Eṣfahānī was one of the finest writers of Arabic prose in his time, with a remarkable ability to relate widely different types of aḵbār in a rich, lucid, rhythmic, and precise style, only occasionally exploiting such formal effects as saǰʿ (rhyming prose). He was also a fine poet with an opulent imagination. His poetry displays preoccupations similar to those of other urban poets of his time.

Eṣfahānī is widely reported to have been a homosexual, and he himself testifies to the truth of these reports. His piety was suspect, as he drank to excess, attending drinking and singing parties (maǰāles), and recorded in his books material of an obviously immoral nature. Aḡānī itself bears witness to the validity of these accusations.

Of his works, only Aḡānī and two other books have survived: Adab al-ḡorabāʾ (also called Ādāb al-ḡorabāʾ and Odabāʾ al-ḡorabāʾ; see Monaǰǰed, Ḡorabāʾ, p. 17) and Maqātel al-ṭālebīyīn. Ḡorabāʾ is distinguished by its originality of theme; it was written in old age, when its author had experienced changing fortunes, fallen “low after being so high,” and suffered misfortunes which “split the heart and tightened the chest.” In this state he felt affinity with those exiles and homeless ones who composed poetry of estrangement and anguish, often writing it on walls or rocks, or singing it in taverns and gardens in drinking parties. In tracing their aḵbār and recording their poetry, Eṣfahānī found consolation “like somebody clinging to a straw while sinking deep into the water.” The book is devoted to individual experience, personal feelings of anguish, longing, and suffering, sentiments not commonly found in the courts of Baghdad, where most of the major poets worked. It contains some of the finest short poems in Arabic. Maqātel al-ṭālebīyīn is a collection of short biographies of descendants of ʿAlī martyred up to 313/925.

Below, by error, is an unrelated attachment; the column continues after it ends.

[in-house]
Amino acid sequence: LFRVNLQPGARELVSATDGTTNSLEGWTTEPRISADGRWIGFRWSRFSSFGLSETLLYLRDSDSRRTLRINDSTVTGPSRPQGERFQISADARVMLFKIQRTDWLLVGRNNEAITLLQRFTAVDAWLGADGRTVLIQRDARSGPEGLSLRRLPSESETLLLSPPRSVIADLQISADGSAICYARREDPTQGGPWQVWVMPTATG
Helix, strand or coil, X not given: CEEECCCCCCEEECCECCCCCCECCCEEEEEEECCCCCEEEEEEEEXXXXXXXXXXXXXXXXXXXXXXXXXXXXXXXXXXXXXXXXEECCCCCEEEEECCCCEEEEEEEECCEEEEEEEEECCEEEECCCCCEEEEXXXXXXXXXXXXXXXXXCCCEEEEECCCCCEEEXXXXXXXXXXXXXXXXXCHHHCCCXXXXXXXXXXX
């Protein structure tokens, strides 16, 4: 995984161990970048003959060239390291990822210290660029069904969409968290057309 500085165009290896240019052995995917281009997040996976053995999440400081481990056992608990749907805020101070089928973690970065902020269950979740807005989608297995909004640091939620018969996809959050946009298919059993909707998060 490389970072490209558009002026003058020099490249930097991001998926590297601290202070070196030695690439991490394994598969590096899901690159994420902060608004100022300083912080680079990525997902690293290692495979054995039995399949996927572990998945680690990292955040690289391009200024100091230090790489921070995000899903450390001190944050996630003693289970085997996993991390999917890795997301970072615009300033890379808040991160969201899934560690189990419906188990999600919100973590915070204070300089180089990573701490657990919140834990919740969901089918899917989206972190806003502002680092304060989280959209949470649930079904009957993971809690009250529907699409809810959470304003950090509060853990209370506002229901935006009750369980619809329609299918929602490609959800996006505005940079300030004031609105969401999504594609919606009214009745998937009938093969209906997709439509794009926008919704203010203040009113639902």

Eṣfahānī has been criticized for dirty appearance and bad habits, drunkenness and homosexuality, and Shiʿism. These criticisms have not prevented him from becoming one of the most widely quoted authorities on Arab history, singing, music, poetry, and Arab culture in general. His work has been lavishly praised throughout the centuries, and interest in him and his writings has always been great, as evidenced in the numerous articles and books devoted to him by Arab and non-Arab scholars. See al-Aḡānī.


For a select bibliography of works of Eṣfahānī, see Ṣ. al-Monaǰǰed, intro. to Adab al-ḡorabāʾ, Beirut, 1972, pp. 5-8.

See also the bibliography s.v. Aḡānī. J. Jabbūr, “Abu’l-Faraǰ al-Eṣbahānī,” in Dāʾerat maʿāref al-Bostānī V, Beirut, 1964, pp. 34-40.

M. Ḵalafallāh, Ṣāḥeb al-aḡānī: Abu’l-Faraǰ al-Eṣfahānī al-rāwīa, 3rd ed., Cairo, 1968.

D. Sallūm, Manhaǰ Abi’l-Faraǰ al-Eṣfahānī fī ketāb al-aḡānī fī derāsat al-naṣṣ wa’l-sīra, Baghdad, 1969.

(K. Abū Deeb)

Originally Published: December 15, 1983

Last Updated: July 21, 2011

This article is available in print.
Vol. I, Fasc. 3, pp. 282-283

Cite this entry:

K. Abū Deeb, “ABU’L-FARAJ EṢFAHĀNĪ,” Encyclopædia Iranica, I/3, 3, pp. 282-283; an updated version is available online at http://www.iranicaonline.org/articles/abul-faraj-esfahani-ali-b (accessed on 31 January 2014).